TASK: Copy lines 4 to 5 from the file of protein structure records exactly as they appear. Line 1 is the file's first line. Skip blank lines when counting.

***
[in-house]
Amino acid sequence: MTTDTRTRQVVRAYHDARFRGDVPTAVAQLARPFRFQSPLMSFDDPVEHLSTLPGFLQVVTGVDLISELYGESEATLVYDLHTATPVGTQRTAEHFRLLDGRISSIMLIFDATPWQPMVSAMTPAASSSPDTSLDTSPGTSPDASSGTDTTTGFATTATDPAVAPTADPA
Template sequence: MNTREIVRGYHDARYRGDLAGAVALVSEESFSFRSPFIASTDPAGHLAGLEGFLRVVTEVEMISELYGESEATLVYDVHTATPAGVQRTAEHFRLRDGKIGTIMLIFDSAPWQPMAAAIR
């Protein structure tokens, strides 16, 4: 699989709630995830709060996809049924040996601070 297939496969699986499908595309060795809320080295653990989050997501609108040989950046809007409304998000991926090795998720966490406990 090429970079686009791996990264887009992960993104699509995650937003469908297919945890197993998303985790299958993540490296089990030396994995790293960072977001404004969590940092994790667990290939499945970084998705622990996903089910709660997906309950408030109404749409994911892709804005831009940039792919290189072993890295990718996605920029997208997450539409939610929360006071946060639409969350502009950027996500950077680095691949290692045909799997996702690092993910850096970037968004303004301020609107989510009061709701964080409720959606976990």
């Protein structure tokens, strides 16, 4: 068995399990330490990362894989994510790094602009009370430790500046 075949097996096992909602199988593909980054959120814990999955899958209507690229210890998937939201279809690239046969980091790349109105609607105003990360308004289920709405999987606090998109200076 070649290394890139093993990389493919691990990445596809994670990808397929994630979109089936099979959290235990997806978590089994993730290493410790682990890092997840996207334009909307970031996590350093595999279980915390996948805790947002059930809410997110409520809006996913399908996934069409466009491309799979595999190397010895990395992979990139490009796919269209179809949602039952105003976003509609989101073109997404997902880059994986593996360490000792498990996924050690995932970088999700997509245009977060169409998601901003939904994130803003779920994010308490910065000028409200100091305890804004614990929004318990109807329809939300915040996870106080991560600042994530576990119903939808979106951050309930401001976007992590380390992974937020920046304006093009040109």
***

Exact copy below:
């Protein structure tokens, strides 16, 4: 699989709630995830709060996809049924040996601070 297939496969699986499908595309060795809320080295653990989050997501609108040989950046809007409304998000991926090795998720966490406990 090429970079686009791996990264887009992960993104699509995650937003469908297919945890197993998303985790299958993540490296089990030396994995790293960072977001404004969590940092994790667990290939499945970084998705622990996903089910709660997906309950408030109404749409994911892709804005831009940039792919290189072993890295990718996605920029997208997450539409939610929360006071946060639409969350502009950027996500950077680095691949290692045909799997996702690092993910850096970037968004303004301020609107989510009061709701964080409720959606976990």
């Protein structure tokens, strides 16, 4: 068995399990330490990362894989994510790094602009009370430790500046 075949097996096992909602199988593909980054959120814990999955899958209507690229210890998937939201279809690239046969980091790349109105609607105003990360308004289920709405999987606090998109200076 070649290394890139093993990389493919691990990445596809994670990808397929994630979109089936099979959290235990997806978590089994993730290493410790682990890092997840996207334009909307970031996590350093595999279980915390996948805790947002059930809410997110409520809006996913399908996934069409466009491309799979595999190397010895990395992979990139490009796919269209179809949602039952105003976003509609989101073109997404997902880059994986593996360490000792498990996924050690995932970088999700997509245009977060169409998601901003939904994130803003779920994010308490910065000028409200100091305890804004614990929004318990109807329809939300915040996870106080991560600042994530576990119903939808979106951050309930401001976007992590380390992974937020920046304006093009040109």